On the State of Mind, the Home, the City, My Country

On the State of Mind, the Home, the City, My Country

I have never been a very political person. I should start by admitting that straightaway. I am certainly not the one at the dinner party ready with history and political facts to engage in debate. 

I have always longed to be that person, but my head is buried in fiction, in philosophy, poetry, sociology and psychology and the beliefs that stem from being waist deep in the kinds of books that tell about how we live and what we lack at home even when basic needs are met. 

One thing I know for sure, while I lack the snappiness and verve when it comes to spouting history and parsing out political rhetoric, I was deeply affected by the election results. It's day three and I am still recovering. Still upset enough to sign petitions and look within for a way I can be of help to the many people who will find their lives made harder by the president elect.

Politics never made me cry as if I'd lost something I loved. Something about this campaign year and the election itself changed me.

As an immigrant's daughter and the granddaughter of a woman who started her family in a nipa hut, I found the president elect offensive.

As a woman, I have found him offensive for his talk and his behavior towards women.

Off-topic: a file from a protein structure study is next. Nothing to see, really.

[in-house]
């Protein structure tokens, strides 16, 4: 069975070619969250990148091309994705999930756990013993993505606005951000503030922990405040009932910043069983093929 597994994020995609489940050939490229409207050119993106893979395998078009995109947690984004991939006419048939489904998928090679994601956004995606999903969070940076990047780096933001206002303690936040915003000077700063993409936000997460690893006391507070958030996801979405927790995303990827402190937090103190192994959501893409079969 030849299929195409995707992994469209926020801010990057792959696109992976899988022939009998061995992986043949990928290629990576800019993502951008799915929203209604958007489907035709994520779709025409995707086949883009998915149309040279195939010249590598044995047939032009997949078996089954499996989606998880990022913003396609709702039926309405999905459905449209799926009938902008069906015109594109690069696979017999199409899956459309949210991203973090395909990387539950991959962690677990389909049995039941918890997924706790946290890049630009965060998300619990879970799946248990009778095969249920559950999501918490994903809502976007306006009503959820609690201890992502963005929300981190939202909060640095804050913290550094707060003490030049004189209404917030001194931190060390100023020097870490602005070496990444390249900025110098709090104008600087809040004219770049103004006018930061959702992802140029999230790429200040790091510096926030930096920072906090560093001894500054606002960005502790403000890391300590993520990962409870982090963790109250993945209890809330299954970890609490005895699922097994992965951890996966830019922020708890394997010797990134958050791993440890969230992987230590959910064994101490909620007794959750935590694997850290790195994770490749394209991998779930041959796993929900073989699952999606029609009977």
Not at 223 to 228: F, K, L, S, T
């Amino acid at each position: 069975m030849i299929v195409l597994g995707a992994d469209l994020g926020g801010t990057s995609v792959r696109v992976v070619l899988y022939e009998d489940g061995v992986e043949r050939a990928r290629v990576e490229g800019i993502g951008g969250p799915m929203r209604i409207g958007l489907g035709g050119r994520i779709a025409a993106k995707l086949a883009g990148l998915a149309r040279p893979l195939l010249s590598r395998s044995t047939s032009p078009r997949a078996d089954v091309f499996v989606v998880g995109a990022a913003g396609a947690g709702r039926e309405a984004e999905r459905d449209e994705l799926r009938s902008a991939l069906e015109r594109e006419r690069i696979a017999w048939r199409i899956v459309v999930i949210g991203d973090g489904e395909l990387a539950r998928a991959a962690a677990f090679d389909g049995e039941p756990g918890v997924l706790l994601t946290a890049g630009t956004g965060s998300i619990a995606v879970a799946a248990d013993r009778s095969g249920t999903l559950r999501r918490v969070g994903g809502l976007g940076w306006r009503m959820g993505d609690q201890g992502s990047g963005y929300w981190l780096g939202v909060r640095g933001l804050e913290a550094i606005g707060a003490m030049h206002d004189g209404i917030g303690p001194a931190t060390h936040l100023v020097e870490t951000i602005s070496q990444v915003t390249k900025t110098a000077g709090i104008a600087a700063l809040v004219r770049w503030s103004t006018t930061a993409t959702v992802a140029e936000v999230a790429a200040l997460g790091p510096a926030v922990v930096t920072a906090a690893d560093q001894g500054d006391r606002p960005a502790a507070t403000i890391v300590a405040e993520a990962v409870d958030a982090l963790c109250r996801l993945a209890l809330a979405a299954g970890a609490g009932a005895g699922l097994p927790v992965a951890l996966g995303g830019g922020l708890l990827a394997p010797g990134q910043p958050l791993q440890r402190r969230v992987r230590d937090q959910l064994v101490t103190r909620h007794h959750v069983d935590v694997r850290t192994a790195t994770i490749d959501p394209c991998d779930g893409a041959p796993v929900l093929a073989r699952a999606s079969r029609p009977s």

As a person with friends whose rights he may impinge and whose lives he will damage, I have found him offensive.

As a person who stood in the East Village and and watched the World Trade Center fall, I fear he will exacerbate already strained foreign relations.

As a young woman seeking services at the local Planned Parenthood, I fear for other women who will not have the same ease and freedom I had to make choices about my body and my future.

As a marcher in antiwar and anti police violence marches since the time of the Rodney King beating, I am afraid I will have reason to march again.

While I enjoy some of the trappings of a middle class urban life my family are not the elite who are out of touch with middle America. I grew up in Houston, Texas and I know that place and those people and they are not bad or unkind or ignorant or members of the KKK. The ones who are all of those things feel now that they have a voice and are vindicated and bold, because the man they championed was rewarded the highest office in the country.

I feel in the next four years I'll be watching a slow motion car crash and no matter where I look I won't be able to get away from seeing the disaster unfold in a thousand media ways.

I sit here at my desk in the northwest Bronx with a window facing Riverdale, a much tonier neighborhood than my working class and ethnically diverse Kingsbridge. I am watching as a cold strong wind whips leaves off the trees, of every autumnal shade, and whirled this way and beyond. Any other year, yes, even the Bush years, I would have found this beautiful. Fall is my favorite season. At the moment though, the wind feels merciless and unnecessarily cruel.

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